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Can my vehicle pull my travel trailer?

Generally, vehicles with rear-, four-, or all-wheel drive are a better choice to tow camping trailers: the extra weight of the trailer tends to increase traction in the back wheels at the expense of traction in the front.

Don't assume the listed maximum towing capacity of your vehicle automatically lets you tow the weight of the trailer. A special towing package or other options may also be needed.

All pickups and SUVs. plus most minivans and wagons can tow tent trailers up to 1000 lb. (453 kilograms). Small camping trailers up to 2000 lb. (907 kilograms) can also be towed by these vehicles, although some wagons may not be powerful enough (Class I trailer hitches are for up to 2000 lb.). All wagons become inappropriate for medium camper trailers of up to 3500 lb. (1587 kilograms), and some minivans also lack enough power (Class II trailer hitches are for up to 3500 lb.).

For medium travel trailers of up to 5000 lb. (requiring a Class III trailer hitch), only a few minivans have enough power, while all full-size pickups and most traditional SUVs should be fine. For any larger camper trailers beyond 7000 lb. (3175 kilograms), only full-sized pickups and SUVs should be considered (Class IV trailer hitches are for loads between 5000 and 10,000 lb.).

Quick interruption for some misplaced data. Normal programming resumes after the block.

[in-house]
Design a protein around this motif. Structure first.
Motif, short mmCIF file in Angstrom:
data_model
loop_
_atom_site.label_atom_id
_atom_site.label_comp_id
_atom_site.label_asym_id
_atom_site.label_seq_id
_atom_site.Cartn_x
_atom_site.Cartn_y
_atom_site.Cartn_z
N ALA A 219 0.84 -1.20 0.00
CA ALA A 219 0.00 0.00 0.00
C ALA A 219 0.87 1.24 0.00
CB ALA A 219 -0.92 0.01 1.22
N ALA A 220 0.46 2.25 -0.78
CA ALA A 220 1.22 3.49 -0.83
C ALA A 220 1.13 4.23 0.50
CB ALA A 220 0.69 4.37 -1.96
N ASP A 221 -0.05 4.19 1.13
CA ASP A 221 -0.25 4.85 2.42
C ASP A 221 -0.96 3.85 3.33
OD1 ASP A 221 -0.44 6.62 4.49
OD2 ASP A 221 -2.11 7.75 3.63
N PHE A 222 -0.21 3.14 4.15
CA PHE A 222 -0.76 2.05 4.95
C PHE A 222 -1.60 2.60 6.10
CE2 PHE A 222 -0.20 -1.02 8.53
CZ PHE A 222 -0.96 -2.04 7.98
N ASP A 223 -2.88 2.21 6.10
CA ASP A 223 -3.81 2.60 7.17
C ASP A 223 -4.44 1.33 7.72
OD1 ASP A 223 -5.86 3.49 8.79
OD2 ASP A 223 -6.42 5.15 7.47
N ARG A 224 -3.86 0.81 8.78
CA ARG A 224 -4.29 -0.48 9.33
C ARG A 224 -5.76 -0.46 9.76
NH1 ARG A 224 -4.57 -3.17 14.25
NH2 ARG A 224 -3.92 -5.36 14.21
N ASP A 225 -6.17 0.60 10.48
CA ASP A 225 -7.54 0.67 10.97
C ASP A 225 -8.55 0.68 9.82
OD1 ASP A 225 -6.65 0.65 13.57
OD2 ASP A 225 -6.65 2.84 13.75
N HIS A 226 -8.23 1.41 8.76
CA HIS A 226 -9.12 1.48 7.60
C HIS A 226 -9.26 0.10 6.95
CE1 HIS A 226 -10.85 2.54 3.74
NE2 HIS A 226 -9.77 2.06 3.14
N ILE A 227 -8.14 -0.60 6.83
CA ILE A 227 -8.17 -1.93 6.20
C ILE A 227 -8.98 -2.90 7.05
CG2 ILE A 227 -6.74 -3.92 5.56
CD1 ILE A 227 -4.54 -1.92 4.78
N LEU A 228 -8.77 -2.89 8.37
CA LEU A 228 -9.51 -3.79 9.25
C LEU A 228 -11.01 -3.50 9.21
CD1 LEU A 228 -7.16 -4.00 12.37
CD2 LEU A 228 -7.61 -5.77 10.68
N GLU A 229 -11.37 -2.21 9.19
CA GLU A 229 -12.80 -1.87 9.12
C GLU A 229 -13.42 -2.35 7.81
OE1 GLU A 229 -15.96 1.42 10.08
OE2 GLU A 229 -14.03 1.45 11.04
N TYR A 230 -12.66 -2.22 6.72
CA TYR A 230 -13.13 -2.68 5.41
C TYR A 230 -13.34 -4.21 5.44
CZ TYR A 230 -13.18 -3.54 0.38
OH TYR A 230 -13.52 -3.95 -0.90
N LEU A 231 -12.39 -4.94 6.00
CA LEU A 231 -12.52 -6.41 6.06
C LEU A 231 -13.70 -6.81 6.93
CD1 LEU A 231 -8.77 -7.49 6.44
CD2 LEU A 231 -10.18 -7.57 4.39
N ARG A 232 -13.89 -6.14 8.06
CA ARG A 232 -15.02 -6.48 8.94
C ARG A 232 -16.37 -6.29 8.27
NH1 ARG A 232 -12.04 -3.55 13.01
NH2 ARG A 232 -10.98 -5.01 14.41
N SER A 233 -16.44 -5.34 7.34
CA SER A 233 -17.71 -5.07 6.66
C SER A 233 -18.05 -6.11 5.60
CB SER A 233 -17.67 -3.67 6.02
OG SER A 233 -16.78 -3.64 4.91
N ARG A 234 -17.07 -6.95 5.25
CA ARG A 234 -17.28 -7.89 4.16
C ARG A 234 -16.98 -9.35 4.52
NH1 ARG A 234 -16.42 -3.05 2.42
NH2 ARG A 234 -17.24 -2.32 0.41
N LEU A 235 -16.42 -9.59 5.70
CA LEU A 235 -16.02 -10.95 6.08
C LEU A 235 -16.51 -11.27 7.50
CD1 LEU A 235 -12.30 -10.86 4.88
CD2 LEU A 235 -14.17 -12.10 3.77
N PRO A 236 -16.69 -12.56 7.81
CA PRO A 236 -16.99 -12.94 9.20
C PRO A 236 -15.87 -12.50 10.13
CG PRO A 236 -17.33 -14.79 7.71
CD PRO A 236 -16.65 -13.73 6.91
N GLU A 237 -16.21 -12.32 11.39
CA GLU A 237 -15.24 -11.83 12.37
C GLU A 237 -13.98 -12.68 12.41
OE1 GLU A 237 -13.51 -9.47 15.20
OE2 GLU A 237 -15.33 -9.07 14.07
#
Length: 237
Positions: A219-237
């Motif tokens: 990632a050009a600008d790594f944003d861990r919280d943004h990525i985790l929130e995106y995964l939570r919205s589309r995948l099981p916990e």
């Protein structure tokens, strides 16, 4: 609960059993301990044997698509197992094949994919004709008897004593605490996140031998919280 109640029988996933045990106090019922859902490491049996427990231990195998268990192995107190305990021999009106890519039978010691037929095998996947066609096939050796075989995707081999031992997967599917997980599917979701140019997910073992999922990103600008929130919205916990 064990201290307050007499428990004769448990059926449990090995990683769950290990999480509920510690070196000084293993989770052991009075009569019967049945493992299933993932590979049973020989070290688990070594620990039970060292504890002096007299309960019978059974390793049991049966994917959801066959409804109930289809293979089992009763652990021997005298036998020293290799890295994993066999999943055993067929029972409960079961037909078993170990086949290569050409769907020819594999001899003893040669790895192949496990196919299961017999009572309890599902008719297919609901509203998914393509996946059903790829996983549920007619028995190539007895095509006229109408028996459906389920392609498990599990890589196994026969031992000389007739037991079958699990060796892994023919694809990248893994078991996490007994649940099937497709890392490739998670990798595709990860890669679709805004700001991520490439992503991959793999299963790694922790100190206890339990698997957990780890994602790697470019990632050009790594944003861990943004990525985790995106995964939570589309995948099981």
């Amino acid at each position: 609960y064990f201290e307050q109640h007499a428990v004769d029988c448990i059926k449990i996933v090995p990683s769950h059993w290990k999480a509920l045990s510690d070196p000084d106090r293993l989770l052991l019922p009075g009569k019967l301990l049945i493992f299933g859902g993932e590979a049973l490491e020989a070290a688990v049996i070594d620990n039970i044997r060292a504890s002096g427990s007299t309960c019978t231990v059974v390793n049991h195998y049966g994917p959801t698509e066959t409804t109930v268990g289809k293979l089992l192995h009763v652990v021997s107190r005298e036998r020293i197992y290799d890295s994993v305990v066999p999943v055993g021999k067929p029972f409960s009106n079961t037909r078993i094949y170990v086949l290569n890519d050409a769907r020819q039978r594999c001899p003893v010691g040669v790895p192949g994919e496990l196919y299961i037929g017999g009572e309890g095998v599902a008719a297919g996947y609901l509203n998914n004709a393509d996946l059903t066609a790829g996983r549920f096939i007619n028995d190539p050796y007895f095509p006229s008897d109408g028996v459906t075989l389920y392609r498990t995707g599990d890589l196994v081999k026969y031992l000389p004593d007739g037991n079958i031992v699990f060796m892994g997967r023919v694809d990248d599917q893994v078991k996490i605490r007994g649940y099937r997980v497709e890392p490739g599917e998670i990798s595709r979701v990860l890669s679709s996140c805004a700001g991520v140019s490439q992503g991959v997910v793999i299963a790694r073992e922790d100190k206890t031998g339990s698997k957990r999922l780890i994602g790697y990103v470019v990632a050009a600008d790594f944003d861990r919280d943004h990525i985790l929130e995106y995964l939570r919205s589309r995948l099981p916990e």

You should always get an exact legal definition, but initial estimations can be made by finding the Registered Gross Weight of your vehicle. This is indicated on the right portion (plate portion) of a truck's ownership, to the right of "REG. GROSS WT" and is given in kilograms (one kg equals 2.204 lb.). Significantly, the Highway Traffic Act of Ontario provides an exemption for lighter camper trailers: "where a trailer transmits to the highway a total weight of 2,800 kilograms (6,173 lb.) or less, that weight shall not be included in determining registered gross weight".

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